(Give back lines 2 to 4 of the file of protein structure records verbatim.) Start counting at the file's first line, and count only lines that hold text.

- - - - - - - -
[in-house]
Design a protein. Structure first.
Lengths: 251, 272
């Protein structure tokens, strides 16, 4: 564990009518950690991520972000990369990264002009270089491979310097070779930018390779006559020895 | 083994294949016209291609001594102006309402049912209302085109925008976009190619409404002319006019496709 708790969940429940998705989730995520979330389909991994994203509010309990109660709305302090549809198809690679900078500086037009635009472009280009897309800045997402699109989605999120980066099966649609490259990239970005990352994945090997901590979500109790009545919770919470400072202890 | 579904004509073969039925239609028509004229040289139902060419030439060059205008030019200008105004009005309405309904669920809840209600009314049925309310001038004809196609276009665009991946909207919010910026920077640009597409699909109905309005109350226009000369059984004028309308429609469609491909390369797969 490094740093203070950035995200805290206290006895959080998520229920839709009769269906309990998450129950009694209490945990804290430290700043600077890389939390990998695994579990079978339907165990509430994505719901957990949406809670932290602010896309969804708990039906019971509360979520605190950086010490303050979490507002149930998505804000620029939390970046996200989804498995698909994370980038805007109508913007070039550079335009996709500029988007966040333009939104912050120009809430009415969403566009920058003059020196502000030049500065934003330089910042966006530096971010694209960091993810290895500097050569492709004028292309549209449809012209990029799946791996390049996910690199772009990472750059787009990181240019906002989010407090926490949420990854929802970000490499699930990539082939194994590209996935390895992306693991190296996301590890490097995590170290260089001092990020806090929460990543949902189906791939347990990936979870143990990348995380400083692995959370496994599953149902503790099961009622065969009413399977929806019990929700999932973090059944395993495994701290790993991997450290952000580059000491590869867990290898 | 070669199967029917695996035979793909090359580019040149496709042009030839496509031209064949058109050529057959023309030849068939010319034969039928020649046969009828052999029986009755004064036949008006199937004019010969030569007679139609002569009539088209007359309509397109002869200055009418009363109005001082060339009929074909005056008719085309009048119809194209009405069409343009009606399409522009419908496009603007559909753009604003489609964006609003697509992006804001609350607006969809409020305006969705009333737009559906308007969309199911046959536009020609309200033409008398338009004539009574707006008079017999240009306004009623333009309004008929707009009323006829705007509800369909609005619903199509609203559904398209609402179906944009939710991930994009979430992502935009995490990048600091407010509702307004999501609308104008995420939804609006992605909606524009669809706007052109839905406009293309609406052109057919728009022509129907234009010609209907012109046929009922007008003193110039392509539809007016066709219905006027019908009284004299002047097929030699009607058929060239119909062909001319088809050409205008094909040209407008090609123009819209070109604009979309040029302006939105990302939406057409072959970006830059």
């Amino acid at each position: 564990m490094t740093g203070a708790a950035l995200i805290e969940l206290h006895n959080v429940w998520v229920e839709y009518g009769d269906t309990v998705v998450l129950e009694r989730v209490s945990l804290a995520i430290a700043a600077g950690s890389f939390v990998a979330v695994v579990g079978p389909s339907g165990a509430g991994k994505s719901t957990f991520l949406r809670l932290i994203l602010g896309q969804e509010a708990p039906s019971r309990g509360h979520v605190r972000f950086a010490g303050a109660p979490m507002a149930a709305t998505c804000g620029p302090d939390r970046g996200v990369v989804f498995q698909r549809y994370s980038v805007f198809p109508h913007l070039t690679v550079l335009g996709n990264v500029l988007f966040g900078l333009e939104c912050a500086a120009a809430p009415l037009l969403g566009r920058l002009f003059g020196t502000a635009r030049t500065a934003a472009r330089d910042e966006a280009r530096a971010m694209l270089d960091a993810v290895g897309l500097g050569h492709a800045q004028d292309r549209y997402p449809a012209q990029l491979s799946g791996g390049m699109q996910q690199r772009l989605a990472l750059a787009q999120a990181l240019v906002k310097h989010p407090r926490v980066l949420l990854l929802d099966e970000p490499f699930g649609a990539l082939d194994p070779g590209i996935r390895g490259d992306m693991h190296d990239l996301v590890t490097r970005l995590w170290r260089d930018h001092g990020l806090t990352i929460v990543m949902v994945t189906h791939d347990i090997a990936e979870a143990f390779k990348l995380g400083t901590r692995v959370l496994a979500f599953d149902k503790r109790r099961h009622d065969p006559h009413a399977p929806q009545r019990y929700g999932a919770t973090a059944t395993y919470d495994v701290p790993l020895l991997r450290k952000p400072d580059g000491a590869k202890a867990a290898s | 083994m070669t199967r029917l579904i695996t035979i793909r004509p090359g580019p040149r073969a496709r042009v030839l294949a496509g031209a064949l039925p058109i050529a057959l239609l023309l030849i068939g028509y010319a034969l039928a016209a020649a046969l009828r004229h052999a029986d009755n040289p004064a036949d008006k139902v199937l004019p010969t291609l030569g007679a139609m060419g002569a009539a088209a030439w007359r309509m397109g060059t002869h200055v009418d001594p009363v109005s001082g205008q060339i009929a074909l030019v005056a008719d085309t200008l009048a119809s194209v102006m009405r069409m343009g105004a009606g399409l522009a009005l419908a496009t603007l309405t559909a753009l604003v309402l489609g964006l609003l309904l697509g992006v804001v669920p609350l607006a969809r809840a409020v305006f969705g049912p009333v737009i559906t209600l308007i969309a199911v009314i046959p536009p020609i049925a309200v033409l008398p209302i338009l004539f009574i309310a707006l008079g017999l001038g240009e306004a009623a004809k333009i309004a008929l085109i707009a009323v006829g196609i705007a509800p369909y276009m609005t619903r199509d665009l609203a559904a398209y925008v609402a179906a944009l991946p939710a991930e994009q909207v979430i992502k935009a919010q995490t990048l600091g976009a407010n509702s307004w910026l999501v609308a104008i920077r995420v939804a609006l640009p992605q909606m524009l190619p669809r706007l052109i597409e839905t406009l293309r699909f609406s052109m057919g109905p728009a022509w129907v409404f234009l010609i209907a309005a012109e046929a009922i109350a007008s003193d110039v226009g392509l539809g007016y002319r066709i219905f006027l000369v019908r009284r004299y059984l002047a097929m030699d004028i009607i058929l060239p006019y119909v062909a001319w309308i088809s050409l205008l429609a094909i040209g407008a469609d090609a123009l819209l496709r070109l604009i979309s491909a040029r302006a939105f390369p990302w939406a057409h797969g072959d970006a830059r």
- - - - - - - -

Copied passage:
Design a protein. Structure first.
Lengths: 251, 272
């Protein structure tokens, strides 16, 4: 564990009518950690991520972000990369990264002009270089491979310097070779930018390779006559020895 | 083994294949016209291609001594102006309402049912209302085109925008976009190619409404002319006019496709 708790969940429940998705989730995520979330389909991994994203509010309990109660709305302090549809198809690679900078500086037009635009472009280009897309800045997402699109989605999120980066099966649609490259990239970005990352994945090997901590979500109790009545919770919470400072202890 | 579904004509073969039925239609028509004229040289139902060419030439060059205008030019200008105004009005309405309904669920809840209600009314049925309310001038004809196609276009665009991946909207919010910026920077640009597409699909109905309005109350226009000369059984004028309308429609469609491909390369797969 490094740093203070950035995200805290206290006895959080998520229920839709009769269906309990998450129950009694209490945990804290430290700043600077890389939390990998695994579990079978339907165990509430994505719901957990949406809670932290602010896309969804708990039906019971509360979520605190950086010490303050979490507002149930998505804000620029939390970046996200989804498995698909994370980038805007109508913007070039550079335009996709500029988007966040333009939104912050120009809430009415969403566009920058003059020196502000030049500065934003330089910042966006530096971010694209960091993810290895500097050569492709004028292309549209449809012209990029799946791996390049996910690199772009990472750059787009990181240019906002989010407090926490949420990854929802970000490499699930990539082939194994590209996935390895992306693991190296996301590890490097995590170290260089001092990020806090929460990543949902189906791939347990990936979870143990990348995380400083692995959370496994599953149902503790099961009622065969009413399977929806019990929700999932973090059944395993495994701290790993991997450290952000580059000491590869867990290898 | 070669199967029917695996035979793909090359580019040149496709042009030839496509031209064949058109050529057959023309030849068939010319034969039928020649046969009828052999029986009755004064036949008006199937004019010969030569007679139609002569009539088209007359309509397109002869200055009418009363109005001082060339009929074909005056008719085309009048119809194209009405069409343009009606399409522009419908496009603007559909753009604003489609964006609003697509992006804001609350607006969809409020305006969705009333737009559906308007969309199911046959536009020609309200033409008398338009004539009574707006008079017999240009306004009623333009309004008929707009009323006829705007509800369909609005619903199509609203559904398209609402179906944009939710991930994009979430992502935009995490990048600091407010509702307004999501609308104008995420939804609006992605909606524009669809706007052109839905406009293309609406052109057919728009022509129907234009010609209907012109046929009922007008003193110039392509539809007016066709219905006027019908009284004299002047097929030699009607058929060239119909062909001319088809050409205008094909040209407008090609123009819209070109604009979309040029302006939105990302939406057409072959970006830059």